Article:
Example 4

FIG. 10 is a graph for showing the ID-VG characteristic of the carbon nanotube transistor to which fullerene monofluoride negative ions (C60F) are doped. In FIG. 10, the vertical axis and the horizontal axis represent the same as those of FIG. 7A. In the graph of FIG. 10, “a” shows the state before doping, “b” is the case of doping C60F of 5.001012 cm−2, “c” is the case of 1.001014 cm−2, and “d” is the case of 4.001014 cm−2. The source/drain voltage at the time of measurement was 10 mV in all the cases. Inversely from the cases of Examples 1, 2, and 3, the n-type conduction appeared on the plus side of the gate voltage decreased in accordance with the increase of the doping concentration of C60F, and the p-type conduction on the minus side increased. Further, inversely from the cases of Examples 1-3, the VT value shifted on the plus side in accordance with the increase in the doping concentration of C60F. It was observed in the experiment that the carbon nanotube channel was converted to the p-type conduction by doping C60F, which clarified that C60F acted as the acceptor for the carbon nanotube. Further, it is found that doping effect of C60F is stable for changes over time and C60F is a stable acceptor for the carbon nanotube. It is clarified from the experiment that the EA value 2.76 eV of C60F almost equals to the lower limit of the condition for the acceptor, EA>2.3 eV, and that the condition for the acceptor according to the present invention is appropriate.

As described above, it has found that the use of C60F enables suppression of the n-type conduction and reinforcement of the p-type conduction in the carbon nanotube transistor, which allows controls of the carrier concentration and the VT value accurately and continuously.

The same effects as those described above were achieved with fullerene fluorides such as C60F, C60F2, C60F36, C60F48, C70F2, C70F52, higher fullerene, and endohedral metallofullerenes.

Example 5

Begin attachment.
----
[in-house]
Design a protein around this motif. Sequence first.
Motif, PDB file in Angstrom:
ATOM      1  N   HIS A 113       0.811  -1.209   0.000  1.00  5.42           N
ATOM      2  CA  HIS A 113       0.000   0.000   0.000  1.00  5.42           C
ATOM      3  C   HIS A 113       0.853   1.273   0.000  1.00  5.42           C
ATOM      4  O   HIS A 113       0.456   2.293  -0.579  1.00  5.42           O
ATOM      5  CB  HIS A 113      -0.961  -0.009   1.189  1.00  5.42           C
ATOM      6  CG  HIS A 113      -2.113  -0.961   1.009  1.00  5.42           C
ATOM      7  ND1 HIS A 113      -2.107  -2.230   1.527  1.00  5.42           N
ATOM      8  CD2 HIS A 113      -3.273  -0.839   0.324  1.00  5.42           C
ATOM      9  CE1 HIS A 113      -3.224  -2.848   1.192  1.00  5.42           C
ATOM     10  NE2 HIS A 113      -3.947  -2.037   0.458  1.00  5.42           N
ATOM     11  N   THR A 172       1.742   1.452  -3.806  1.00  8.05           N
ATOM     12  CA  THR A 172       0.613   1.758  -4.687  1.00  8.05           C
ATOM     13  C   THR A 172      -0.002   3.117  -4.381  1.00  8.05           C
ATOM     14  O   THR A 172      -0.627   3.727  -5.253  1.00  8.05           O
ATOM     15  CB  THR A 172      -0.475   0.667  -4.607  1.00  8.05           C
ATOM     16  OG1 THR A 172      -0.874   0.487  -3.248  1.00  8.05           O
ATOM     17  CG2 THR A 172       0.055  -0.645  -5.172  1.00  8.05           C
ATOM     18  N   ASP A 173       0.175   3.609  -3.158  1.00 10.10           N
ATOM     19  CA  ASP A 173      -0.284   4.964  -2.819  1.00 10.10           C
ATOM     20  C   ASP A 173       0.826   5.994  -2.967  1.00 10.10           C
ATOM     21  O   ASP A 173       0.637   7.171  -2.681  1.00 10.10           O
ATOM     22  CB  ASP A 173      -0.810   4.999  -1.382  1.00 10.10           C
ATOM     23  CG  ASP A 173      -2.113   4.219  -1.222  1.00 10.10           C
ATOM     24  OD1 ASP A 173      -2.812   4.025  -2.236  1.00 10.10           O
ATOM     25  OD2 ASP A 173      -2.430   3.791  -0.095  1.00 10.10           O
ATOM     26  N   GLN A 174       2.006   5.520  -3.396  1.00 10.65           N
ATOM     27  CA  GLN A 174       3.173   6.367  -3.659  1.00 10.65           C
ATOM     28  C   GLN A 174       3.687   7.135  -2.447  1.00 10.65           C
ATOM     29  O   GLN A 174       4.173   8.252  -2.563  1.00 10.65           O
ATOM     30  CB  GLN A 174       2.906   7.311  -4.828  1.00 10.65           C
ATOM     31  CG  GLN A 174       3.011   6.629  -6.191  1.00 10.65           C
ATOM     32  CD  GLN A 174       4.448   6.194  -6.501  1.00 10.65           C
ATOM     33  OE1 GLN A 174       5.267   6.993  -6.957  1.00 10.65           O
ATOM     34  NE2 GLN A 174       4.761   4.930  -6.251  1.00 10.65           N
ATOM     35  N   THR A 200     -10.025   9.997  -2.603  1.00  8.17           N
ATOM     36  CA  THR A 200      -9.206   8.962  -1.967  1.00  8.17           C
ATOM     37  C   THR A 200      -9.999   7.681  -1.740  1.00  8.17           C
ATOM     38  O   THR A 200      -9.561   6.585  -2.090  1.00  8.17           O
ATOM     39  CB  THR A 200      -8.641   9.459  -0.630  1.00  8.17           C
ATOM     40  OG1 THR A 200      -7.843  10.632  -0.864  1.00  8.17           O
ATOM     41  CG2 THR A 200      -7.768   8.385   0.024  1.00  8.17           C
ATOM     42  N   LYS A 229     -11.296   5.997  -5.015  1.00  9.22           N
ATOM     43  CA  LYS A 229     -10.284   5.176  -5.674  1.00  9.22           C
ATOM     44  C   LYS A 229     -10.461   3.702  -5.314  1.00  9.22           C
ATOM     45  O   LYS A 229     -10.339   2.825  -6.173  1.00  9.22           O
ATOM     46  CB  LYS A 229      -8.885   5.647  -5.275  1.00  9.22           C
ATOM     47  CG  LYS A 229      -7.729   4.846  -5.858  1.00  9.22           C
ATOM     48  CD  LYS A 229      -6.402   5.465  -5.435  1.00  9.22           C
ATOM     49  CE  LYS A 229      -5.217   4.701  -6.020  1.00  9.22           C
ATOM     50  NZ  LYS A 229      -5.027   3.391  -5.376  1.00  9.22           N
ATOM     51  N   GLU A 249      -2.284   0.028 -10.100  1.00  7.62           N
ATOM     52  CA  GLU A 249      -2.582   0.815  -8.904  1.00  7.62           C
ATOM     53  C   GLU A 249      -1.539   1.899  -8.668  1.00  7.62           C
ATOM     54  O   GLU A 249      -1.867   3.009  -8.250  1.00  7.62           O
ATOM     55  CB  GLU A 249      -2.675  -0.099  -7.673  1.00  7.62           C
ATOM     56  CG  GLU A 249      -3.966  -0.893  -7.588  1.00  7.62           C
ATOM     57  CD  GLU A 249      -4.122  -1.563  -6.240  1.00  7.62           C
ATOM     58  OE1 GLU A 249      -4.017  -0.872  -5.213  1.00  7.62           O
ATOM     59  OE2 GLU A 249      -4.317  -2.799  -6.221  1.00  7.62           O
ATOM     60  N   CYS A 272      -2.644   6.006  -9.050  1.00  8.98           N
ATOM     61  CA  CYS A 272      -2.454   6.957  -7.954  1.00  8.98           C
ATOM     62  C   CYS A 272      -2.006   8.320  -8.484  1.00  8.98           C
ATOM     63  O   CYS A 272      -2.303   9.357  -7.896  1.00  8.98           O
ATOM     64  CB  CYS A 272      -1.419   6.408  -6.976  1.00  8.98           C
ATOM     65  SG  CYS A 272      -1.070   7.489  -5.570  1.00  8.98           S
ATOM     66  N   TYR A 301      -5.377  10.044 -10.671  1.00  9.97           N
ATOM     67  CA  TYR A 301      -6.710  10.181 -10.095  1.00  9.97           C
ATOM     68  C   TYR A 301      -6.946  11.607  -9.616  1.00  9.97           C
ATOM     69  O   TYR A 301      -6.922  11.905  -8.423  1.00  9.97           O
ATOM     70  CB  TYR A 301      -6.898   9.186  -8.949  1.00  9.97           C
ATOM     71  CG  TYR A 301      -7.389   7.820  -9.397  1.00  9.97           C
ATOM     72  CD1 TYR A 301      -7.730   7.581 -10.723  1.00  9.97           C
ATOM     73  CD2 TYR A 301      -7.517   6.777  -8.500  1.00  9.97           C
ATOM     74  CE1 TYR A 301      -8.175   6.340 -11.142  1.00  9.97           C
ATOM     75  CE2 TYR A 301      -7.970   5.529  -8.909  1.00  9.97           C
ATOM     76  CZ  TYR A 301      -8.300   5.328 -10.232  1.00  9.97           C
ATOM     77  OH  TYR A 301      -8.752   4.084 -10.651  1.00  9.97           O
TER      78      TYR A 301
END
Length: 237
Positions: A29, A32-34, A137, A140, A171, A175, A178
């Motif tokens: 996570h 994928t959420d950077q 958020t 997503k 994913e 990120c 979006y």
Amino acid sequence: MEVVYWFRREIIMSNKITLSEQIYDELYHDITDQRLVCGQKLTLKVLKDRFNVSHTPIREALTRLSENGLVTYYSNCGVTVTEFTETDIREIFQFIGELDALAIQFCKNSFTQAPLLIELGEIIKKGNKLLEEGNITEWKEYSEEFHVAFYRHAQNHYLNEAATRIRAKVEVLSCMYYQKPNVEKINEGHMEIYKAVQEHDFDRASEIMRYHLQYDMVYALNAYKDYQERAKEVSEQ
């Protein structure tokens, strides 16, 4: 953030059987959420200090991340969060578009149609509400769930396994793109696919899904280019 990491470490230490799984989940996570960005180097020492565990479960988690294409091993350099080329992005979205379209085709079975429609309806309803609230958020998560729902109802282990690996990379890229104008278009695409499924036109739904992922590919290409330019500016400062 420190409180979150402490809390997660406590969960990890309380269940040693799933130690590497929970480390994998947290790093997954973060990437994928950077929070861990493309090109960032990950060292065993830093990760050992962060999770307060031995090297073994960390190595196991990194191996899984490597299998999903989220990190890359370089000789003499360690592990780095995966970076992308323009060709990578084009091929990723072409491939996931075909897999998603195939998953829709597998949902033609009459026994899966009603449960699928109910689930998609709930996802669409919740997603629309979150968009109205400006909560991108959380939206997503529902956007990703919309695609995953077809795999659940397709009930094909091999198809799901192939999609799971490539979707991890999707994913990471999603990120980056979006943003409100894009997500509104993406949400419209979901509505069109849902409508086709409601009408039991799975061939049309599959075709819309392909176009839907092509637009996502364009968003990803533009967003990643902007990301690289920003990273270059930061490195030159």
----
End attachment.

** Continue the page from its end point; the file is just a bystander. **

FIG. 11 is a graph for showing the ID-VG characteristic of the carbon nanotube transistor to which tantalum hexafluoride negative ions (TaF6 ) are doped. In FIG. 11, the vertical axis and the horizontal axis represent the same as those of FIG. 7A. In the graph of FIG. 11, “a” shows the state before doping, “b” is the case of doping TaF6 of 5.001012 cm−2, “c” is the case of 3.001014 cm−2, “d” is the case of 7.001014 cm−2, and “e” is the case of 1.001015 cm−2. The source/drain voltage at the time of measurement was 10 mV in all the cases. As in the case of Example 4, the n-type conduction appeared on the plus side of the gate voltage decreased in accordance with the increase of the doping concentration of TaF6 , and the p-type conduction on the minus side of the gate voltage increased. Particularly, in the case of “b” where TaF6 of 5.001012 cm−2 was doped, most of the n-type conduction disappeared with relatively small doping concentration, indicating that it functioned as a strong acceptor. This may be caused due to an extremely high EA value (8.4 eV) of TaF6.

Comparing ID values at VG=−20V, the value after doping increased almost twice the value before doping. This can be interpreted that the holes as the carries within the carbon nanotube has almost doubled. As in Example 4, the VT value shifted on the plus side in accordance with the increase in the doping concentration of TaF6 . From the observation described above, it was shown that the carbon nanotube channel was converted to the p-type conduction by doping TaF6 , which clarified that TaF6 served as effective acceptor for the carbon nanotube. Further, it is found that doping effect of TaF6 is stable for changes over time and TaF6 is a stable donor for the carbon nanotube. Another notable point was that after doping TaF6 of 1.01015 cm−2 as in “e”, VG dependence of ID drastically decreased and almost a constant and high ID was maintained at VG≦|20V|. This indicates that the semiconductor carbon nanotube can become metallic by sufficiently doping TaF6 . Such phenomenon is not observed with C60F having the low EA value (EA=2.78 eV), so that it is considered that this phenomenon occurs because the TaF has the high EA value (8.4 eV). As described above, it has found that the use of TaF as the dopant enables suppression of the n-type conduction and reinforcement of the p-type conduction in the carbon nanotube transistor, which allows controls of the carrier concentration and the VT value accurately and continuously.

The cases of Ta2F11 and Ta3F16 shown in FIG. 3B achieved greater effects than those of TaF6 described above. Furthermore, in the cases of using super halogen materials other than those described, the effects similar to the case of TaF6 were obtained.

By way of examples, the present invention can be applied to electronic appliances and optical equipment, which mount semiconductor devices such as transistors, diodes, light-emitting devices, laser oscillating devices, logic circuits, sensors, etc.

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Referenced by
Citing PatentFiling datePublication dateApplicantTitle
US20090221130 *Feb 2, 2009Sep 3, 2009Fujitsu LimitedN-type semiconductor carbon nanomaterial, method for producing n-type semiconductor carbon nanomaterial, and method for manufacturing semiconductor device
Classifications
U.S. Classification257/40, 257/607
International ClassificationH01L35/24
Cooperative ClassificationH01L51/0048, C01B25/42, H01L51/002, B82Y10/00
European ClassificationB82Y10/00, H01L51/00A6, C01B25/42